When John Kennedy was killed in Dallas, Texas, I was a young teenager, living 100 miles away. He was a major hero and role model to me and his death had a heavy impact on my heart and life. Later, as the info came out about the details of his death, it seemed clear to me that it was not just a lone gunman who got off some amazingly “lucky” shots. I saw the Zapruder film and from that it seems clear that the shot that killed Kennedy didn’t come from the direction of Oswald.
So I guess that makes me a conspiracy theorist. And since that time the whole genre of conspiracy theories has grown to a full industry and major phenomenon of our times.
Some years later I surprisingly came to find out that there actually is a God in heaven, as well as the devil, angels and the whole thing. It in some ways was the climax of a series of shocking, eye-opening experiences that caused me to see the world in a totally different way. And I guess you could say, “Well, if you can believe in conspiracy theories, it’s probably easy for you to believe in that God stuff too.”
But they are different. Admittedly there are some similarities. Conspiracy theorists see a lot of things going on that most people don’t know about. They see unseen forces, organizations and individuals, working behind the scenes to shape the destiny of man to go the direction they want them to. They see entities which want us to view things a certain way, to believe things that aren’t true and to basically enslave the human race. Is that all true? I’d say some of it is true and even verifiable to some degree.
But also there’s a difference. From my experience, conspiracy theorists seem to get mad a lot and there’s virtually no stopping place at where they will see “them” at work. Everything that happens is somehow not as it seems. “They” are active, everywhere and just about to take over our lives, our nation and our world.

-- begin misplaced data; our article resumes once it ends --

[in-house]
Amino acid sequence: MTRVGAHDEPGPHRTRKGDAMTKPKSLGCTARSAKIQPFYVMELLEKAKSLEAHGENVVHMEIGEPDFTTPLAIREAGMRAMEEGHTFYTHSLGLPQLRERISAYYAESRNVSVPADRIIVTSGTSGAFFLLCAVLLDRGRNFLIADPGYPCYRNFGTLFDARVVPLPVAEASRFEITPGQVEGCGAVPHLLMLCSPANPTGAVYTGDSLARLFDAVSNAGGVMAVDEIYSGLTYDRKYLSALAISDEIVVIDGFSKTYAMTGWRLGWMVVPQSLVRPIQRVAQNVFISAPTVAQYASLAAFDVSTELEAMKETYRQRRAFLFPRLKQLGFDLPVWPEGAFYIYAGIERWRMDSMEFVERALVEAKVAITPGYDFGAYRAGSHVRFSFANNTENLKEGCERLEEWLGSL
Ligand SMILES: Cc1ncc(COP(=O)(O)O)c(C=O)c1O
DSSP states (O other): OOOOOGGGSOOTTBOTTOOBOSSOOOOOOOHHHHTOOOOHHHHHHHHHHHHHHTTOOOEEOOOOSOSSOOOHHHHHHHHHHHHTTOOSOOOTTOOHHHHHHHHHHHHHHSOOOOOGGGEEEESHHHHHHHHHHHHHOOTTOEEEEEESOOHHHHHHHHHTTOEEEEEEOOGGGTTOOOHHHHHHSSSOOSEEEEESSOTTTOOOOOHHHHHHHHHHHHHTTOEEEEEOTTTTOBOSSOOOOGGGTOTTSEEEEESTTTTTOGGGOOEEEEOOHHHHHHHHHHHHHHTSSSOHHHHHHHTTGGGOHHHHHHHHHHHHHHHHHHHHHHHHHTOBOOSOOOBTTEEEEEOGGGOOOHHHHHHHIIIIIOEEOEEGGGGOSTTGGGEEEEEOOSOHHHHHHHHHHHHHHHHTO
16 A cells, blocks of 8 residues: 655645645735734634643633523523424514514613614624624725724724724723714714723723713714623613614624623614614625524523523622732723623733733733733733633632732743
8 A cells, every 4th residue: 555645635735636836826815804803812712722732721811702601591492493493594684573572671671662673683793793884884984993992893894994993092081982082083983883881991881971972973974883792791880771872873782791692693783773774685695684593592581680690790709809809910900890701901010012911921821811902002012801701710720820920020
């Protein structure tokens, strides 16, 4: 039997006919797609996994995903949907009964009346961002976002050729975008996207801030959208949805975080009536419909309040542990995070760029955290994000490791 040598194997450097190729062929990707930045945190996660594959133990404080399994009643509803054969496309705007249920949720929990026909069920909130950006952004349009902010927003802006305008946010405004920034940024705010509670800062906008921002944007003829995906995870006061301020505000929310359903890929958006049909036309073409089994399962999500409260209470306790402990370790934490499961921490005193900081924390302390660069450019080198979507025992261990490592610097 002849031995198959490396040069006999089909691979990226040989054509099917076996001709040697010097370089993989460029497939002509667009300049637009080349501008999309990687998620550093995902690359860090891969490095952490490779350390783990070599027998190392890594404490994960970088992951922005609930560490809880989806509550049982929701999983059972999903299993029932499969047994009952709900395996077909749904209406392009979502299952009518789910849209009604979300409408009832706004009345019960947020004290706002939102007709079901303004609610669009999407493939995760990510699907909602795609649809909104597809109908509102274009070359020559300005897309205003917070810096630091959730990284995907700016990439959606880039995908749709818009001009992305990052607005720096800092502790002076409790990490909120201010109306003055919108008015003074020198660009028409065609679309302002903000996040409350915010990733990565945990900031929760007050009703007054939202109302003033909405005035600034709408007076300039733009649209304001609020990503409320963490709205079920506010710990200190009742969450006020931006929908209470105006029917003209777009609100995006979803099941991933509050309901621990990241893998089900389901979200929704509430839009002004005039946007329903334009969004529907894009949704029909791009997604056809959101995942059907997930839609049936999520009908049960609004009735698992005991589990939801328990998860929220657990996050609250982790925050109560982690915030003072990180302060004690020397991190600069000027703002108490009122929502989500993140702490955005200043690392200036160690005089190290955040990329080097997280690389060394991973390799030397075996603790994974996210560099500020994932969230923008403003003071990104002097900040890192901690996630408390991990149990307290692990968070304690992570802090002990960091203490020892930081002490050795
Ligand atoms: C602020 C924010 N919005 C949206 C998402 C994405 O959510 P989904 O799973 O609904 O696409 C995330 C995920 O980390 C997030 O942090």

What I don’t find in conspiracy theory is answers. There’s fear, there’s what is said to be a revelation of what is real, but there really isn’t much offered to alleviate all this. Also I feel that following a strong, steady line of conspiracy theory doctrine will come to make someone rather paranoid overall, distrustful, cynical and afraid of virtually everyone, even their best friends.
It reminds me of the verse in II Timothy, “God has not given us a spirit of fear, but of power and of love and of a sound mind.” (II Timothy 1:7) I came out of a lot of atheist, worldly darkness and that verse was like a promise I held on to for years that the Lord would create in me a “sound mind”, not burdened with confusion, fears and misunderstand.
That’s another good verse that could be applied to conspiracy theories” “God is not the author of confusion, but of peace.” (I Corinthians 14:33) I guess in some ways it is good what those folks do since so many people walk in such dullness and blindness. Conspiracy theorists might wake some of those ones up that there’s some serious stuff going on and that common people are being deceived daily on a massive scale.